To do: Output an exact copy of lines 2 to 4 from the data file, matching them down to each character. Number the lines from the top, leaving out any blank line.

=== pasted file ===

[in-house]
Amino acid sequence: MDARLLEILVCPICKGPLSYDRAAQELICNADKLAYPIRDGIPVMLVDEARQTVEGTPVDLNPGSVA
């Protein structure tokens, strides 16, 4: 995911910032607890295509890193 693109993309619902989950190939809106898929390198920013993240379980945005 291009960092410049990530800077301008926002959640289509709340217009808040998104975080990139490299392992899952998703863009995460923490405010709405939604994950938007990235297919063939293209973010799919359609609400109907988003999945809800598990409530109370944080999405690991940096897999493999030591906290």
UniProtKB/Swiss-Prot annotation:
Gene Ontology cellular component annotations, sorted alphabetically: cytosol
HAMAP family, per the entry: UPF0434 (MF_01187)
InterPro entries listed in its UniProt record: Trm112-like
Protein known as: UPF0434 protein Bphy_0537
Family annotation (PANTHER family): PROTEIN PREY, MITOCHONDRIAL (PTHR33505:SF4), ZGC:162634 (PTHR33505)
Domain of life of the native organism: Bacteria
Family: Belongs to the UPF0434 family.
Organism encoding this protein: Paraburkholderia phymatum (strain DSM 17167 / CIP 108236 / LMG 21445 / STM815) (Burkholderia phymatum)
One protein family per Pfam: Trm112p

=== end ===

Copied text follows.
Amino acid sequence: MDARLLEILVCPICKGPLSYDRAAQELICNADKLAYPIRDGIPVMLVDEARQTVEGTPVDLNPGSVA
């Protein structure tokens, strides 16, 4: 995911910032607890295509890193 693109993309619902989950190939809106898929390198920013993240379980945005 291009960092410049990530800077301008926002959640289509709340217009808040998104975080990139490299392992899952998703863009995460923490405010709405939604994950938007990235297919063939293209973010799919359609609400109907988003999945809800598990409530109370944080999405690991940096897999493999030591906290």
UniProtKB/Swiss-Prot annotation: